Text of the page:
The Turks and Caicos Islands are in the Caribbean, southeast of the Bahamas. Turks and Caicos is an archipelago with more than 30 islands. There are two main groups of islands, each by a coral reef are surrounded. Caicos, the larger archipelago, includes the islands of Providenciales, Middle Caicos, North Caicos and many small cays, some of which are inhabited. The group of Turks Islands is 35 kilometers away and is separated by a wide canal. It consists of Grand Turk, Salt Cay and a number of smaller, uninhabited cays.
There are 33 national parks, numerous nature reserves and historical sites in the Turks Islands. Despite the increasing number of visitors every year, the island has been largely spared from mass tourism. Nature and ecotourism are very important here. Tourism is concentrated on the island of Providenciales, which is also where the Club Mediterranée resort and the Ramada Turquoise Reef Resort are located. Dream beaches, clear water and the colorful coral reefs are the main attractions of the island.
About 23,500 people live on the Turks and Caicos Islands today. These refer to themselves as Belongers and are predominantly descendants of the African slaves who were previously deported here. In addition, some Europeans and mixed race live here.
The name Turks and Caicos is a derivation and combination of different names. The Turkish head or Fez cactus, which is endemic to the islands, is also included in the name, as is the name of the Lucayan people for island chain. It is true that the native residents of the Turks and Caicos Islands were the Taino. However, when the Lucayan came to the islands, they displaced the indigenous people and settled the Turks and Caicos Islands. The indigenous population had died out by the middle of the 16th century due to diseases and brutal slavery.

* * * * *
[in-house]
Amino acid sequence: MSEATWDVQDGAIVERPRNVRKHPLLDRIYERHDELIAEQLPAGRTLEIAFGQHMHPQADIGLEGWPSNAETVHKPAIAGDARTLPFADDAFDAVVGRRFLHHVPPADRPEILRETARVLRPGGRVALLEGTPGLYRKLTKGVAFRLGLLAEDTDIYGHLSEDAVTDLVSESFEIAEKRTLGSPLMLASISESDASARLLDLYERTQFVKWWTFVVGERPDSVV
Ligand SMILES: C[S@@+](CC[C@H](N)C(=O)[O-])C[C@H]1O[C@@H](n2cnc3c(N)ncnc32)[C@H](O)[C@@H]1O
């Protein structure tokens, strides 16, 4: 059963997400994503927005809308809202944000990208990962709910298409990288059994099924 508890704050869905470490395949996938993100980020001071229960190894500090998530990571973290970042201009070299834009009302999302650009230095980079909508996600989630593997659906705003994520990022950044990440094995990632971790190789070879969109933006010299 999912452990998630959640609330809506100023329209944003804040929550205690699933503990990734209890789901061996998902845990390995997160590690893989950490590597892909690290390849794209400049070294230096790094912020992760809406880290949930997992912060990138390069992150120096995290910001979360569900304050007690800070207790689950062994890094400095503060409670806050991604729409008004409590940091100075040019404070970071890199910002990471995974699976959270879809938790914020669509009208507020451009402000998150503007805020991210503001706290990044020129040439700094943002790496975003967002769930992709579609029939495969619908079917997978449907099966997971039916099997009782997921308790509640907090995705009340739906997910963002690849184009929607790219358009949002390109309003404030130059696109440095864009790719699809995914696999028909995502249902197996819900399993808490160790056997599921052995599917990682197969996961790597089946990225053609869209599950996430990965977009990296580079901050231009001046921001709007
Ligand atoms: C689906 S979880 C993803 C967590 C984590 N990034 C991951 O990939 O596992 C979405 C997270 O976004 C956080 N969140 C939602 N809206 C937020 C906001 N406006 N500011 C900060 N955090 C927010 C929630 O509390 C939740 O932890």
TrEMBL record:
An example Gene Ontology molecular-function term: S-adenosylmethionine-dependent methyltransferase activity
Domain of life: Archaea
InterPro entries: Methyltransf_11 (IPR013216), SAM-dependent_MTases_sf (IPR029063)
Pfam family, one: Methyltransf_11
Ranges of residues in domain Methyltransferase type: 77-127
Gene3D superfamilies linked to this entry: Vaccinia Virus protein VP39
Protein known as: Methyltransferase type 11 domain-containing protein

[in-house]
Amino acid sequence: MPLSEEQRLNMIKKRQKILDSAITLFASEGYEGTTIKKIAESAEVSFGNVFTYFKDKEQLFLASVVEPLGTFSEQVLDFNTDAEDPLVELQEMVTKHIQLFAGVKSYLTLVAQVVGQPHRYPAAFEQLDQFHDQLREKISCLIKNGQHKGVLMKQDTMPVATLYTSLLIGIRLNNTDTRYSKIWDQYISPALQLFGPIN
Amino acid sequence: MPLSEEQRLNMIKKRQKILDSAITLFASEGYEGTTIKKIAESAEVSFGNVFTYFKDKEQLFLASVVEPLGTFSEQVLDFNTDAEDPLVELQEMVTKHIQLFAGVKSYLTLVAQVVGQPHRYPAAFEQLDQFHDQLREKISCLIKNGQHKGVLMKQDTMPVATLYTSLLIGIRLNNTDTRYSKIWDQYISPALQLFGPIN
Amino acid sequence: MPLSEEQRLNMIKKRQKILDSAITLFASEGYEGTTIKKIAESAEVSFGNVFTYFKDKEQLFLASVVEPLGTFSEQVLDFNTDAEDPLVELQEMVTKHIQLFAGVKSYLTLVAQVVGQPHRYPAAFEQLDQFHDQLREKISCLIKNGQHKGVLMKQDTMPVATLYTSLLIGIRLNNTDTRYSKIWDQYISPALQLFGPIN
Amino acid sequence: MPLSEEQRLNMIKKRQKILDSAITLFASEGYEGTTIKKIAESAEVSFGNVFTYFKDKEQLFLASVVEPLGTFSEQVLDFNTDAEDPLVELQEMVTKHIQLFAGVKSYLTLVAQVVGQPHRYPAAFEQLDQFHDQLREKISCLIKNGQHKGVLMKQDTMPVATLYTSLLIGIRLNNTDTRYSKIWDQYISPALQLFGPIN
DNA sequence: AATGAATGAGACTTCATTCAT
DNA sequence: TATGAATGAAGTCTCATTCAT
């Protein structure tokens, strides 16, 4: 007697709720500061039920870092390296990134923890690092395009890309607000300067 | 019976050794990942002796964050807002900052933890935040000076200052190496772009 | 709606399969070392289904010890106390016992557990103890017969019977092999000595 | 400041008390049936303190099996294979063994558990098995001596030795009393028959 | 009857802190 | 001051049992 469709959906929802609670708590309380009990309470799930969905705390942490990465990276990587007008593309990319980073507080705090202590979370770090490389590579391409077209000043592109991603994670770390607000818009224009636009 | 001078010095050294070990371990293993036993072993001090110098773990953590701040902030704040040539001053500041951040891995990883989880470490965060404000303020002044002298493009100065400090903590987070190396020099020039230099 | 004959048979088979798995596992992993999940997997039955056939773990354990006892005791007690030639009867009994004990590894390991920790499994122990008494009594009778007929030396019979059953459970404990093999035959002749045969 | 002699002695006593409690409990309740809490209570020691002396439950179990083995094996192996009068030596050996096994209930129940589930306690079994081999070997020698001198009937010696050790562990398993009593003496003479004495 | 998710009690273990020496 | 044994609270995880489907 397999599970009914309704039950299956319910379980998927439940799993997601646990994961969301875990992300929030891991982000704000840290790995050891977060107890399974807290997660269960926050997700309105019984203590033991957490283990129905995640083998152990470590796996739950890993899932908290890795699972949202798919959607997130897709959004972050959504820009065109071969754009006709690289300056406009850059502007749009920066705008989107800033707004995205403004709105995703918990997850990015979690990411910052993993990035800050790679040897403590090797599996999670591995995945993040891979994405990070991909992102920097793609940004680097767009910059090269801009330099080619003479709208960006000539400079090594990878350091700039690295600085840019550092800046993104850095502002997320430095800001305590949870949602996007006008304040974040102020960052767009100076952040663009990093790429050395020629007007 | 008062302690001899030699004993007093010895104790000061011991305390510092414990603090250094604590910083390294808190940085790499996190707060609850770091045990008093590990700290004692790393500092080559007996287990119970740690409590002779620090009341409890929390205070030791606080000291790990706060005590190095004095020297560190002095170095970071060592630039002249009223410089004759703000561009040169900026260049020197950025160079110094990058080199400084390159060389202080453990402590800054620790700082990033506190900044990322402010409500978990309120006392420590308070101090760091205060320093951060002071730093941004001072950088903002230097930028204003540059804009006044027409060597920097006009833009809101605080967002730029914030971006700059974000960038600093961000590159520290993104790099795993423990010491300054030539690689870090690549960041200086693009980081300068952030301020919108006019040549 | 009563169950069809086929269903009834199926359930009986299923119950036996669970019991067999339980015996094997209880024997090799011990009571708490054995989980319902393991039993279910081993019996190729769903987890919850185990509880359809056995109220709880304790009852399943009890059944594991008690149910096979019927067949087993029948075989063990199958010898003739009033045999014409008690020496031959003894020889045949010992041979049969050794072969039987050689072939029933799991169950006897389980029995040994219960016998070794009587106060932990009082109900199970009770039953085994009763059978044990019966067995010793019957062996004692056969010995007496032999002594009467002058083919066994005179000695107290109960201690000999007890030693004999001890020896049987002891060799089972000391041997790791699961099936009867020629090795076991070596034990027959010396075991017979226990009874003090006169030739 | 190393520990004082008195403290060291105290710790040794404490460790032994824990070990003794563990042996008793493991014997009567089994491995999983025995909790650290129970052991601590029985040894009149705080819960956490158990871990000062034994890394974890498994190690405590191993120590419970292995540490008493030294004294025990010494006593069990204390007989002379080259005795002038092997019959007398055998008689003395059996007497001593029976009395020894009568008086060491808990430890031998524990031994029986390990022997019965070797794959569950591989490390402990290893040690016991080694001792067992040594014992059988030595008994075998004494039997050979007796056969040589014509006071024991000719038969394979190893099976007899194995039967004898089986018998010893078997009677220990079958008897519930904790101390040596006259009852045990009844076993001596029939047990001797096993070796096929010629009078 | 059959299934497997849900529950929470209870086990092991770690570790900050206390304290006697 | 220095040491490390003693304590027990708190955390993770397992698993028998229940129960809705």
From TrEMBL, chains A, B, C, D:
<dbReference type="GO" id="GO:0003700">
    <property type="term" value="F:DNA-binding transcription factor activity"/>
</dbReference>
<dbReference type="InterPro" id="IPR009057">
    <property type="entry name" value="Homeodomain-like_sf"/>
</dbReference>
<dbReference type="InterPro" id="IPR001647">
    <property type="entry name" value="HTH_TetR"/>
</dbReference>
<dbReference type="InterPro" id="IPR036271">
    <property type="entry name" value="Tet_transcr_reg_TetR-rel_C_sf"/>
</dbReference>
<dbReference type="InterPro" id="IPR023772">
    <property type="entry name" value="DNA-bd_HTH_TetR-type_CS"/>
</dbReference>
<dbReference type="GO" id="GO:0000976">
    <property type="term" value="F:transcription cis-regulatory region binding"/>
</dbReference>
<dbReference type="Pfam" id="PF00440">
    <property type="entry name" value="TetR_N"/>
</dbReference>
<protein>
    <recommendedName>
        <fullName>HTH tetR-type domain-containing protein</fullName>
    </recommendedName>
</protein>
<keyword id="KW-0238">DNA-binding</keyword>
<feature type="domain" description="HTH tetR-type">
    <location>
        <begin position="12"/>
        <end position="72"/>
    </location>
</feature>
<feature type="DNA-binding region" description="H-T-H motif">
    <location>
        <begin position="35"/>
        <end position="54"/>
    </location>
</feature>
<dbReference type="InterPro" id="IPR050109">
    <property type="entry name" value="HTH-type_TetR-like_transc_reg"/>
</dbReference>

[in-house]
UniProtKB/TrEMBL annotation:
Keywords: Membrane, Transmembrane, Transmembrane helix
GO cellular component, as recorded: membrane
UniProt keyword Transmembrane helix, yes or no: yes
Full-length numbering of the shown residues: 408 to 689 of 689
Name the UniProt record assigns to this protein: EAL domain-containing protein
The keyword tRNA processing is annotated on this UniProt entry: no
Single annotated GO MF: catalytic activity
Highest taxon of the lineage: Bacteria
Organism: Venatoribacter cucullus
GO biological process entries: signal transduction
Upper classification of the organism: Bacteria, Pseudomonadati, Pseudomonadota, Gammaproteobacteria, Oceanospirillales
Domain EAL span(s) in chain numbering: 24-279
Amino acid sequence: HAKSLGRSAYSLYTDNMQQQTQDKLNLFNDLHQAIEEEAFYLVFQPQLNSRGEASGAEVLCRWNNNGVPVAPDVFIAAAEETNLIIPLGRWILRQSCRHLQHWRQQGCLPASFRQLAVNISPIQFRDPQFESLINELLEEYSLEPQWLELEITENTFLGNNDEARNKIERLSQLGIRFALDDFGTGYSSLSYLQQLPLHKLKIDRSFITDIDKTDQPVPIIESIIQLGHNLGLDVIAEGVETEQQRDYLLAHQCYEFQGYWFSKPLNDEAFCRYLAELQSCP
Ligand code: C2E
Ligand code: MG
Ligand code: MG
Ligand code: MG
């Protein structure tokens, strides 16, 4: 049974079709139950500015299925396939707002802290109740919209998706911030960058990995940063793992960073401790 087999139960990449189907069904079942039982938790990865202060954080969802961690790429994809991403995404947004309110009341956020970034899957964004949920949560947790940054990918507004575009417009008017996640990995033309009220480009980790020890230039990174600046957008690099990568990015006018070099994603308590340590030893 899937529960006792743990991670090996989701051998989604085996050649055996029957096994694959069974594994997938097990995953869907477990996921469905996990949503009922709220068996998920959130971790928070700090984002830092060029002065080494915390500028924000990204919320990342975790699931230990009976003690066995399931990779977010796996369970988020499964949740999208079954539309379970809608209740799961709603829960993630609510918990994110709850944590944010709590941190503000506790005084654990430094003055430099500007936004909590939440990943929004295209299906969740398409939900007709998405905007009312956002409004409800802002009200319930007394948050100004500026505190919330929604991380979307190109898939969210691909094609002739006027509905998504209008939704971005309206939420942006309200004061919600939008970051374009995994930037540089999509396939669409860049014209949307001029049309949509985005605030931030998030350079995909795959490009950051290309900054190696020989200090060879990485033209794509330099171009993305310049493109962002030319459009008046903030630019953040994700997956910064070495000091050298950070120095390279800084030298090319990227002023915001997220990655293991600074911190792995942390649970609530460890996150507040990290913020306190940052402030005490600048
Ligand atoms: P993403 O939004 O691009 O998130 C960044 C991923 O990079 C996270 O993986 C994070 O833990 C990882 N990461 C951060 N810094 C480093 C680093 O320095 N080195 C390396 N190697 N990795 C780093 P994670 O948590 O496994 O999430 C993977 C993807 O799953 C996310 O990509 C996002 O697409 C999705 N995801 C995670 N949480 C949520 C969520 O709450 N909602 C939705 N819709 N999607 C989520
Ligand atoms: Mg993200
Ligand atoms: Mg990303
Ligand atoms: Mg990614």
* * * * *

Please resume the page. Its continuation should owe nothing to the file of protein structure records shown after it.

Turks and Caicos Islands – key data
Area: 430 km²
Population: 44,819 (2011 estimate, CIA). 90% black, 10% with mixed ancestry, Europeans and North Americans
Population density: 104 residents per km²
Population growth: 3.489% per year (2011, CIA)
Capital: Cockburn Town on Grand Turk (3,700 residents)
Highest point: Flamingo Hill, 48 m
Lowest point: Caribbean, 0 m
Form of government: The Turks and Caicos Islands have been a British overseas territory since 1670, internal autonomy has existed since 1962, and a separate government has existed since 1976 (with an interruption from 2009 to 2012). The current constitution dates from 2012. The Legislative Council consisted of 17 members.
In August 2009, the UK State Department overturned the Turks and Caicos Islands government on allegations of corruption. The official business was taken over by the British governor, the parliament of the Turks and Caicos Islands was dissolved and the constitution (which regulates the autonomy of Great Britain) was suspended. This takeover of power by Great Britain was limited to three years. A new constitution for the Turks and Caicos Islands came into force on October 15, 2012, and parliamentary elections were held on November 9, 2012.
Head of Government: Prime Minister Rufus Washingston Ewing, since November 13, 2012
Head of State: British Queen Elizabeth II, represented by Governor Ric Todd since September 12, 2011
Language: the official language on the Turks and Caicos Islands is English
Religion: 40% Baptists, 18% Anglicans, 16% Methodists, 12% Church of God, 14% Others
Local time: CET – 6 h.
On the Turks and Caicos Islands, summer time applies from the first Sunday in April to the last Sunday in October: CET – 5 hrs
The time difference to Central Europe is 6 hrs all year round
International phone code: +1 (649)
Mains voltage: 110 V, 60 Hz. American sockets are often used, so adapters are required
Turks and Caicos Islands – Geography and Map
The Turks and Caicos Islands are located south of the Bahamas and north of Haiti in the Atlantic Ocean and are part of the Caribbean. The total area of the more than 30 islands is around 430 square kilometers.
The Turks and Caicos Islands are made up of two small ones, one of each coral reefs urrounded by archipelagos that form the southeastern foothills of the Bahamas.
The larger archipelago Caicos (96% of the total land area, 82% of the population) includes the islands of Providenciales, Middle Caicos (or Grand Caicos), South Caicos, North Caicos, West Caicos and East Caicos and numerous smaller, partly inhabited cays.
The archipelago of the Turks Islands is 35 km wide and more than 2,200 m deep Turks Island Passage separated from the southeast of the Caicos Group. The individual islands are Grand Turk, Salt Cay and some smaller, uninhabited cays.